We aim to lower data integration barriers by seamlessly combining workflows using CyVerse Discovery Environment and supporting reproducible research and publication by linking to the Research Object infrastructure (ROHub).
The US NSF-funded Science Across Virtual Institutes (SAVI) project developed a proof-of-concept using NEON and UNAVCO site data to lower these barriers for the use of environmental data in collaboration with Expert System, technical partner in the EU H2020 EVER-EST project, which is building a virtual research environment for earth sciences around the notion of ROs. We will create containerized applications and incorporate Kepler workflows that bring together diverse data to specific applications, with an emphasis on lightweight visual analytics. Our approach is informed by stakeholder-based use cases and requirements that catalyze future research, actionable science, and to readily integrate into business/decision-making workflows to assure success. Creating a requirements-based framework from all the identified use-cases will inform future applications and the scalability to other projects, will allow us to fully demonstrate the functionality of our development efforts.
COOPEUS is an EU and US coordination and support action that brought together Europe’s major environmental research infrastructure projects, i.e., EISCAT, EPOS, LifeWatch, EMSO, and ICOS, with their US counterparts, including AMISR, EARTHSCOPE (UNAVCO and IRIS), OOI and NEON. The aim of COOPEUS is to provide a platform to initiate collaborative cross-infrastructure data sharing and research. The activities within COOPEUS are ongoing in the US (https://www.neonscience.org/observatory/strategic-development/coopeus-pr...) and continue in the EU under the project COOP+ (http://www.coop-plus.eu) and ENVRI+. As part of COOPEUS’s Strategic Roadmap, these infrastructures are collaborating with the EU project EVER-EST (http://ever-est.eu), whose mission is to build a Virtual Research Environment based on research objects. The main focus is to enhance research reusability and reproducibility based on workflow-centric research objects, and lower the barriers for end-users attempting to access ‘Big Data’.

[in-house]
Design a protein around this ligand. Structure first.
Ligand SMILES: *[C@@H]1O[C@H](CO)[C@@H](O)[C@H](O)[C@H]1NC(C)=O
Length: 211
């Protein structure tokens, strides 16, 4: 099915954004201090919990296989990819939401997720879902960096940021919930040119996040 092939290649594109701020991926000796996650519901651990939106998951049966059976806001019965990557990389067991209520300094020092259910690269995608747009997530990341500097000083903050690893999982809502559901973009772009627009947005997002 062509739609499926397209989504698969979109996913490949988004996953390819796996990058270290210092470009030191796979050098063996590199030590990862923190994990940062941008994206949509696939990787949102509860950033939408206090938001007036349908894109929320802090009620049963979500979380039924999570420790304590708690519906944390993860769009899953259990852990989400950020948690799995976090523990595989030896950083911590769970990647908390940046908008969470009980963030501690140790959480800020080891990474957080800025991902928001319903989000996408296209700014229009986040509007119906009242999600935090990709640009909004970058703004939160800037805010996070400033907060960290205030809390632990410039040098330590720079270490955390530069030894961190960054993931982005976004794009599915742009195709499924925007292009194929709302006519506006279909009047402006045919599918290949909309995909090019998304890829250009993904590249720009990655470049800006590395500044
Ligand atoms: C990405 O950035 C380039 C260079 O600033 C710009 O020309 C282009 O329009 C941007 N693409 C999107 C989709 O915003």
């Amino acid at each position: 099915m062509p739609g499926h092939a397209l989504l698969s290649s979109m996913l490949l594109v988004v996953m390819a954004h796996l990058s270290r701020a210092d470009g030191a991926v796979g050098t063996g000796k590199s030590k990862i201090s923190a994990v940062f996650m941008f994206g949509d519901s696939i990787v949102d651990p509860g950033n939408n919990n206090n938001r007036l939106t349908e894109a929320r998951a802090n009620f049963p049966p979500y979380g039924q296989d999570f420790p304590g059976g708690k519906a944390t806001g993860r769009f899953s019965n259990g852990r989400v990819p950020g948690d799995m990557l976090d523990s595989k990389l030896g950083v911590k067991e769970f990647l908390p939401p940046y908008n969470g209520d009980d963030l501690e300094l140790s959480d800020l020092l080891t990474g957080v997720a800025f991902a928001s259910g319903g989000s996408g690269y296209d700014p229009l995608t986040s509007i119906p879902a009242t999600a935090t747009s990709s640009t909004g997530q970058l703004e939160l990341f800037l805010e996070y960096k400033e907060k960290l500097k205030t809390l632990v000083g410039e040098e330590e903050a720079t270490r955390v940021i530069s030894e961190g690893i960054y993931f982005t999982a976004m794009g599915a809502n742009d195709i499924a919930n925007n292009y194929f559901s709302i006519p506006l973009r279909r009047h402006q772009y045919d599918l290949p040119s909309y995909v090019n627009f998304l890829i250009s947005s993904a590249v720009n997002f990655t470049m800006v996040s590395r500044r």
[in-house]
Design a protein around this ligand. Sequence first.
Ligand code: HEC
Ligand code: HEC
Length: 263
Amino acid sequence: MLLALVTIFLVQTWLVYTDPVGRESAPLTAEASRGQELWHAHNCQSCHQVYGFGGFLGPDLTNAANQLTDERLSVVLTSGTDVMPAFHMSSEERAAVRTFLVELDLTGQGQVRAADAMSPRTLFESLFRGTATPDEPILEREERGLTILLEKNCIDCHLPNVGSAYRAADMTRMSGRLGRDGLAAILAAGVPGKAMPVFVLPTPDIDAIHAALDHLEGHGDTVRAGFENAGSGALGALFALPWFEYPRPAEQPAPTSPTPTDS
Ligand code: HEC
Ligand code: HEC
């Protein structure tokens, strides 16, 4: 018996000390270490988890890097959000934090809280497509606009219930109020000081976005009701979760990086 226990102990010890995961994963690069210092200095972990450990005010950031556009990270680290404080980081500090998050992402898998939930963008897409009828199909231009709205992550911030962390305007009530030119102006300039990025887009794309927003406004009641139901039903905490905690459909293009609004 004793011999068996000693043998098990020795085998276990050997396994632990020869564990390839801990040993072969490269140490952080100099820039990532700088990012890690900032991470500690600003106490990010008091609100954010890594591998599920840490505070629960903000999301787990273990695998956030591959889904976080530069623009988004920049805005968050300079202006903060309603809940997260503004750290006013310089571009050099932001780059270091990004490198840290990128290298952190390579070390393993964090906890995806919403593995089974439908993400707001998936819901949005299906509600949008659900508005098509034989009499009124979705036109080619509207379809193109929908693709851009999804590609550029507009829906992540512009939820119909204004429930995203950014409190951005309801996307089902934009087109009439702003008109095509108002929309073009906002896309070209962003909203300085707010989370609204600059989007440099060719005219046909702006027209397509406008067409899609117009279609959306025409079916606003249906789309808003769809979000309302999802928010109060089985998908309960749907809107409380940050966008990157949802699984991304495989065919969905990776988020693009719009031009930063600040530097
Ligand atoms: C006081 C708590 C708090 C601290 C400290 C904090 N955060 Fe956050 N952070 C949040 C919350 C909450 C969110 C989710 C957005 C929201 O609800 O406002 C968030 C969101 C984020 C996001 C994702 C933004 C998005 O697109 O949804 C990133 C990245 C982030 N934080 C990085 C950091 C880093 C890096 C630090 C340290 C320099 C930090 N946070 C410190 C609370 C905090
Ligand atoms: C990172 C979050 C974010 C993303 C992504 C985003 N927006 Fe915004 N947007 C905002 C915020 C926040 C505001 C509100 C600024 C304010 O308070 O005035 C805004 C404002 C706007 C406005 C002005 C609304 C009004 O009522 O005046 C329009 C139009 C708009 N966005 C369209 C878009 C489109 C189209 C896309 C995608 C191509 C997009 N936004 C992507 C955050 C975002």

A prototype has been developed that wraps research objects around Kepler workflows that are in turn linked to several RESTful web services that access time series data from UNAVCO and NEON. Within the workflow, web services are standardized to the GeoWS time series format, developed as part of the US EarthCube program. A prototype web-based map interface (https://firemap.sdsc.edu/savi/map.html) demonstrates the Kepler workflow utility and harmonizes access to time series plots and data from UNAVCO/EarthScope and NEON. A Research Object (ROHub.org) bundle can be uploaded to ROHub (including workflow, input data slice, output data, and provenance trace) for preservation, reuse, and version management. Once stored in ROHub, the RO can be inspected for reproducibility by other scientists using the data slice stored in it (without invoking the web services again) and the provenance trace. Also, ROHub can assign a DOI to the Research Object, making it citable. The results demonstrate enhanced interoperability or interworkability among global environmental and geophysical data, extending the focus on data and metadata standards to the exchange of formalized scientific concepts relevant to data, their modeling and analysis.
We created a prototype and a proof of concept. We are exploring what works, what doesn’t, what’s scalable and what’s not. Moving forward we plan to show scalability capability, use case examples, and design the scoop of the project with the next phase in mind.